At full capacity, the Oyama fish farm is targeted to produce approximately 5,300 tonnes of Atlantic salmon annually for the Japanese market. The grow-out facility is still under construction, but according to a news release, Proximar has already set key milestones, like the first successful transfer of salmon juveniles to new feeding protocols. Under current projections, Proximar will be ready to provide consumers with fresh salmon in 2024. The press release says that the company has adopted Graintec's HyFlow feeding system for its operations – a gentle water-borne feed delivery system that is fully automated and reportedly easy to maintain.
Finding feed solutions
Feed handling and distribution remains one of the most costly and time-consuming elements of aquaculture activities. This is especially true when considering the large feeding volumes required in a land-based facility of this magnitude.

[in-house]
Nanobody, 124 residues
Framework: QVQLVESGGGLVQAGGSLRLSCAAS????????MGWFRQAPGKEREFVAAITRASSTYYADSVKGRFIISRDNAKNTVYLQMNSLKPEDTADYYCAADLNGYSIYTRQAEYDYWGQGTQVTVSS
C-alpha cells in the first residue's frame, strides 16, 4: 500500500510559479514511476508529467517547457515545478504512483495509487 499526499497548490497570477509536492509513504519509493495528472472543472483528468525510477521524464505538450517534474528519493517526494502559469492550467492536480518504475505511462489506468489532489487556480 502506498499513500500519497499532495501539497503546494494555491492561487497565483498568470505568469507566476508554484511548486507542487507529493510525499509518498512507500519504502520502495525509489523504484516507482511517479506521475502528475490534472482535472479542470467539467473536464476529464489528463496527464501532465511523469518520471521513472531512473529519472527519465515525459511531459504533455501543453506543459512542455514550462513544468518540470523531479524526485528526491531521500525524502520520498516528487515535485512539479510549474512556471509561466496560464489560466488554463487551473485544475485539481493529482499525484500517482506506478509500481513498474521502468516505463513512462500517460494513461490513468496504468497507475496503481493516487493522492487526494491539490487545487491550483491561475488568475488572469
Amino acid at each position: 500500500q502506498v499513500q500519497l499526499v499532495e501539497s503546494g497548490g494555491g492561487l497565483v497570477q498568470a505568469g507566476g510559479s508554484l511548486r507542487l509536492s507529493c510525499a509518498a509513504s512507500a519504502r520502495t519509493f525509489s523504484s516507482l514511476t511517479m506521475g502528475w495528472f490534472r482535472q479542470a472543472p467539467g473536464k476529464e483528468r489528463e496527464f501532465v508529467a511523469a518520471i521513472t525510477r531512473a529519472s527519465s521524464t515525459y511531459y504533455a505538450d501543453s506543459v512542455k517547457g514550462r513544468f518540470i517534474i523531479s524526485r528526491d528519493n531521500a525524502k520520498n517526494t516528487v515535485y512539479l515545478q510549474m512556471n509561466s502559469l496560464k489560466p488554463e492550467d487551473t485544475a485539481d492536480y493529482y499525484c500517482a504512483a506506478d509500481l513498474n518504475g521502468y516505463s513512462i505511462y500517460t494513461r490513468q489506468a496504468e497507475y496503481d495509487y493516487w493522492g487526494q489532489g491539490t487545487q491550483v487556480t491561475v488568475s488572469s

Lars Stigaard, CTO at Proximar, Japan, shares his thoughts about the water-borne solution: “First of all the HyFlow system has low complexity, easy to operate and easy to maintain and is very gentle to the feed pellets. For us, having a minimum of feed loss and a water-borne solution ensures practically zero breakage, even when feeding large diameter pellets. We can feed in different debts in the fish tanks, ensuring a good feed distribution in the full tank volume.”
Coming to Japan
Graintec sales manager Jens Jensen visited the site just before Christmas: “It was important for us to visit the Proximar team and see the site, so we could understand the actual expectations, space available and their requirements to both feeding and feed storage. Our HyFlow system is very versatile and can meet basically any feeding regime. In addition to the water-borne feeding system, it was also important for Proximar to have feed storage that is designed to create a minimum of physical impact on the costly feed pellets. With our long experience in feed production, this was an ideal task for us.”
Click here to learn more about Proximar's land-based project.